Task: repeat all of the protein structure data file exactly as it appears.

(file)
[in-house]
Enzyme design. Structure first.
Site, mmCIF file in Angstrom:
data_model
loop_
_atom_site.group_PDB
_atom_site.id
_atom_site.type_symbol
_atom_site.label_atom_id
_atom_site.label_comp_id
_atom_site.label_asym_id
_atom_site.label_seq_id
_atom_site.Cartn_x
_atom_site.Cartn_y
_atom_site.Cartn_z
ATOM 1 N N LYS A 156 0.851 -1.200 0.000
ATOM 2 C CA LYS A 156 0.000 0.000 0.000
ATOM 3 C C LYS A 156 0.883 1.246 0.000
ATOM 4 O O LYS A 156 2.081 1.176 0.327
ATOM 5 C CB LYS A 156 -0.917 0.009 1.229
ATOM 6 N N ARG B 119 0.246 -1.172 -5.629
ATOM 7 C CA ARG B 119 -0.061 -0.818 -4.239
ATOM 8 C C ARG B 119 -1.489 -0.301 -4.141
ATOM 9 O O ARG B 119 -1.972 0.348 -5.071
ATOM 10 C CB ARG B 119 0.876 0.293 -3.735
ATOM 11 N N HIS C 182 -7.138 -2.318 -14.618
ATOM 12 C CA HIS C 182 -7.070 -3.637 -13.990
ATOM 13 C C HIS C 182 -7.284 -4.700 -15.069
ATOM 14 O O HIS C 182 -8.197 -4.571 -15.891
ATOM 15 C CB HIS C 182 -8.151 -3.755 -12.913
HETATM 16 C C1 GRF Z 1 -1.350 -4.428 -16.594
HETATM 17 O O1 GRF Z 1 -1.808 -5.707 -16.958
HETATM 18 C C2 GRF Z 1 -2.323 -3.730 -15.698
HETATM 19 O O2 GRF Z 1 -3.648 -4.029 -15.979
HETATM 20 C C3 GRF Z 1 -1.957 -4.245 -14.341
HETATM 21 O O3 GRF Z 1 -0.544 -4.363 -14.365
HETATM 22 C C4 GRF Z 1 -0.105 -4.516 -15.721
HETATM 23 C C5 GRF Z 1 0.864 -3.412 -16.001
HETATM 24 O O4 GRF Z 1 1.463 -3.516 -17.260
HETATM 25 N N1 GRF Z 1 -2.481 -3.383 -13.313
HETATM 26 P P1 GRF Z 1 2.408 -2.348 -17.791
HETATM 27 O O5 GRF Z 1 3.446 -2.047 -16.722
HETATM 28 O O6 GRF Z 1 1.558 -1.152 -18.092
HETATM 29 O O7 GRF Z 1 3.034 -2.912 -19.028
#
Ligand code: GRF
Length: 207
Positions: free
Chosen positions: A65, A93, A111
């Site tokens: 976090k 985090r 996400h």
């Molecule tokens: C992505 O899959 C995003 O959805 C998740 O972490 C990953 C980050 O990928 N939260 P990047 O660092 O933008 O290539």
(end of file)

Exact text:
[in-house]
Enzyme design. Structure first.
Site, mmCIF file in Angstrom:
data_model
loop_
_atom_site.group_PDB
_atom_site.id
_atom_site.type_symbol
_atom_site.label_atom_id
_atom_site.label_comp_id
_atom_site.label_asym_id
_atom_site.label_seq_id
_atom_site.Cartn_x
_atom_site.Cartn_y
_atom_site.Cartn_z
ATOM 1 N N LYS A 156 0.851 -1.200 0.000
ATOM 2 C CA LYS A 156 0.000 0.000 0.000
ATOM 3 C C LYS A 156 0.883 1.246 0.000
ATOM 4 O O LYS A 156 2.081 1.176 0.327
ATOM 5 C CB LYS A 156 -0.917 0.009 1.229
ATOM 6 N N ARG B 119 0.246 -1.172 -5.629
ATOM 7 C CA ARG B 119 -0.061 -0.818 -4.239
ATOM 8 C C ARG B 119 -1.489 -0.301 -4.141
ATOM 9 O O ARG B 119 -1.972 0.348 -5.071
ATOM 10 C CB ARG B 119 0.876 0.293 -3.735
ATOM 11 N N HIS C 182 -7.138 -2.318 -14.618
ATOM 12 C CA HIS C 182 -7.070 -3.637 -13.990
ATOM 13 C C HIS C 182 -7.284 -4.700 -15.069
ATOM 14 O O HIS C 182 -8.197 -4.571 -15.891
ATOM 15 C CB HIS C 182 -8.151 -3.755 -12.913
HETATM 16 C C1 GRF Z 1 -1.350 -4.428 -16.594
HETATM 17 O O1 GRF Z 1 -1.808 -5.707 -16.958
HETATM 18 C C2 GRF Z 1 -2.323 -3.730 -15.698
HETATM 19 O O2 GRF Z 1 -3.648 -4.029 -15.979
HETATM 20 C C3 GRF Z 1 -1.957 -4.245 -14.341
HETATM 21 O O3 GRF Z 1 -0.544 -4.363 -14.365
HETATM 22 C C4 GRF Z 1 -0.105 -4.516 -15.721
HETATM 23 C C5 GRF Z 1 0.864 -3.412 -16.001
HETATM 24 O O4 GRF Z 1 1.463 -3.516 -17.260
HETATM 25 N N1 GRF Z 1 -2.481 -3.383 -13.313
HETATM 26 P P1 GRF Z 1 2.408 -2.348 -17.791
HETATM 27 O O5 GRF Z 1 3.446 -2.047 -16.722
HETATM 28 O O6 GRF Z 1 1.558 -1.152 -18.092
HETATM 29 O O7 GRF Z 1 3.034 -2.912 -19.028
#
Ligand code: GRF
Length: 207
Positions: free
Chosen positions: A65, A93, A111
């Site tokens: 976090k 985090r 996400h």
């Molecule tokens: C992505 O899959 C995003 O959805 C998740 O972490 C990953 C980050 O990928 N939260 P990047 O660092 O933008 O290539």